The Mesozoic Era was named in 1841 for the fossil life that characterized it, literally translated “middle life.” It is divided into three periods, the first of which is the Triassic. The Triassic Period was named for the fact that, as then understood (1834), it consisted of 3 distinct rock layers. It ended with a mass extinction.

Life on Earth. The end of the Paleozoic Era marked a major divide in marine ecosystems. The major extinctions that ended the Permian Period may have acted to remove dominant species that had held others back by niche pre-emption. After the start of the Triassic, sessile filter feeders became less dominant, and mobile species and ones living on other species became more important. In particular, the superior ability of clams to metabolize toxins, coupled to their mobility, may have allowed them to survive when the attached brachiopods and bryozoans died en masse (Paleobiology 33:397-413; Science. 322:359). Complexity of marine ecosystems in general increased (Science 314:1289). Some data indicate that oxygen climbed to levels matching today’s, but then plummeted again, hitting a minimum of just over 10% coinciding with a mass extinction at the Triassic-Jurassic boundary (Science 316:557). Other results indicate that oxygen never dropped below 15% in the Mesozoic (Science 321:1197-1200).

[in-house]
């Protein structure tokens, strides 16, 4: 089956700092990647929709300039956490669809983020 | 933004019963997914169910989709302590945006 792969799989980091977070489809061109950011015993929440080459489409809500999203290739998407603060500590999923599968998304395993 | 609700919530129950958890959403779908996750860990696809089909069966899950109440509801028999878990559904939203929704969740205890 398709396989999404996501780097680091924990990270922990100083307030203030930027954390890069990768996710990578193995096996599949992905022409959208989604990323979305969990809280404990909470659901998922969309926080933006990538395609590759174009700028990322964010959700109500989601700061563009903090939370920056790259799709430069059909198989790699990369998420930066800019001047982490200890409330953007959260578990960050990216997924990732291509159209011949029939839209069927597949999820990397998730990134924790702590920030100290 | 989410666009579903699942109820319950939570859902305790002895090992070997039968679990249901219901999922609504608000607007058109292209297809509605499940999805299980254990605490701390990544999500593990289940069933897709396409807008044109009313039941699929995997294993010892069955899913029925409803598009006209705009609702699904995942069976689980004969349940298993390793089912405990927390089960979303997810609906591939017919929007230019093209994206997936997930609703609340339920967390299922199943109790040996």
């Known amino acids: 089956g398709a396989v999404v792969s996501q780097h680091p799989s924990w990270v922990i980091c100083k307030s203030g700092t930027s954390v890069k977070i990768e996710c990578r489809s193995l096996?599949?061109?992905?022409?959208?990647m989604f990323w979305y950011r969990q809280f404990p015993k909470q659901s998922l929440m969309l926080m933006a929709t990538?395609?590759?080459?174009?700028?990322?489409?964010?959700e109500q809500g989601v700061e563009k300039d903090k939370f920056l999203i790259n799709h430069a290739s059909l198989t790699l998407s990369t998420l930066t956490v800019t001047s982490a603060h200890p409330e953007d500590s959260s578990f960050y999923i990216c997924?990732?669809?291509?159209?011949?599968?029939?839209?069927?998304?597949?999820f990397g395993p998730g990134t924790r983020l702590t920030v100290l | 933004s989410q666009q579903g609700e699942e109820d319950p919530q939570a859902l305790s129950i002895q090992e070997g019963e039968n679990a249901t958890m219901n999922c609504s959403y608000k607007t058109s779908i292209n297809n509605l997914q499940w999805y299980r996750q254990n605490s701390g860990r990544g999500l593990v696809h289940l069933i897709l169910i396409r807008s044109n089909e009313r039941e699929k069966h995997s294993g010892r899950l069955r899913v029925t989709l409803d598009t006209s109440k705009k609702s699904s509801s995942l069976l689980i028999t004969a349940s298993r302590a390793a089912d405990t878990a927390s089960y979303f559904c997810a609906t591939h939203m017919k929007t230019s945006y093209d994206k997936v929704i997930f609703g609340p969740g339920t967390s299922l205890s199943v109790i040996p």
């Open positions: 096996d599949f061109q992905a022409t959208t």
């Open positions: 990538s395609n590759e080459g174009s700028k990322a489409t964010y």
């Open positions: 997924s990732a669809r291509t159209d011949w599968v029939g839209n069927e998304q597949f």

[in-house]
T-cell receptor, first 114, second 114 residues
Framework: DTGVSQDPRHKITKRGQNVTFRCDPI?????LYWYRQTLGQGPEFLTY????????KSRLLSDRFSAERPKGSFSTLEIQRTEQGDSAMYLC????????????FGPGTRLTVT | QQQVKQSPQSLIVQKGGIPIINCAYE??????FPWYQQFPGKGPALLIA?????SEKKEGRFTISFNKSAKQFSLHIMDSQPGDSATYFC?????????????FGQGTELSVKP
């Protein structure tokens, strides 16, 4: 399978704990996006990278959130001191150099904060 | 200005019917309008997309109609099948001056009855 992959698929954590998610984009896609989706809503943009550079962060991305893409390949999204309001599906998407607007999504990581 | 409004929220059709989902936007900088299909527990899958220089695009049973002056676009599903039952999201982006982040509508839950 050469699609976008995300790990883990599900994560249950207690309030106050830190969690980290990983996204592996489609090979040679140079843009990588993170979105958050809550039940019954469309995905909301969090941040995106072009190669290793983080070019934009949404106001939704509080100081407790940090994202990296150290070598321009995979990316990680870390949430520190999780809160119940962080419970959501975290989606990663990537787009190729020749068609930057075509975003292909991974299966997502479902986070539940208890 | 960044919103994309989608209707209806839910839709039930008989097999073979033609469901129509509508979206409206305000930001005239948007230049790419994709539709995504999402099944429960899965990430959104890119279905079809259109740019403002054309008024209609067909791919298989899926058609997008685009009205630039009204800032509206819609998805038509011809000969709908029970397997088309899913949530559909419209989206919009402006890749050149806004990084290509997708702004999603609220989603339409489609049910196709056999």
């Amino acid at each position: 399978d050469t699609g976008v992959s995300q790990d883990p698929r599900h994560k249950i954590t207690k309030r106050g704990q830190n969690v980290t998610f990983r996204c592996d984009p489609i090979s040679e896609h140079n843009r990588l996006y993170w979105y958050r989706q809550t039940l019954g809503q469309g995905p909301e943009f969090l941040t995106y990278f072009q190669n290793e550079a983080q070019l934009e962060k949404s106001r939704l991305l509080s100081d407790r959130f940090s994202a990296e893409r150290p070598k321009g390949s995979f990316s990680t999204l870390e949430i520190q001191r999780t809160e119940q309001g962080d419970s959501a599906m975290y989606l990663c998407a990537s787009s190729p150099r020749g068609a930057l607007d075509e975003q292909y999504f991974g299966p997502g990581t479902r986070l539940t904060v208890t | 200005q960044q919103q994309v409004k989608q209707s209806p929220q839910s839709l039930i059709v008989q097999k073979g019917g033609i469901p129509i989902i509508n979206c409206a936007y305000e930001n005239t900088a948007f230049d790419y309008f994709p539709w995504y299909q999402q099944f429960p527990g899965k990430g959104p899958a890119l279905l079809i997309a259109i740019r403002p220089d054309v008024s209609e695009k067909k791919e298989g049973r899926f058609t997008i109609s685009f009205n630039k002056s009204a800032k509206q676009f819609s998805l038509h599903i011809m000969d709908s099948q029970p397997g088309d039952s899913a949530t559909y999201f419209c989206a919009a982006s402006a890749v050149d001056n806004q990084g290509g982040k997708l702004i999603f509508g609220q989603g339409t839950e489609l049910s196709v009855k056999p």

Clams played a significant role in the changes to marine ecosystems that followed the end-Permian extinctions.

Ammonoids diversified greatly during the Triassic, filling a broad ecological range. Most became extinct at the close of the Triassic, however, leaving a single family to diversify even more in the following Mesozoic periods. Clams also diversified in the Triassic. Rugose corals became extinct, and a new group of corals appeared. These were forming reefs by the middle Triassic, ending a long gap that began with the wiping out of reefs in the late Devonian.

Aphids first appeared in the fossil record in the Triassic.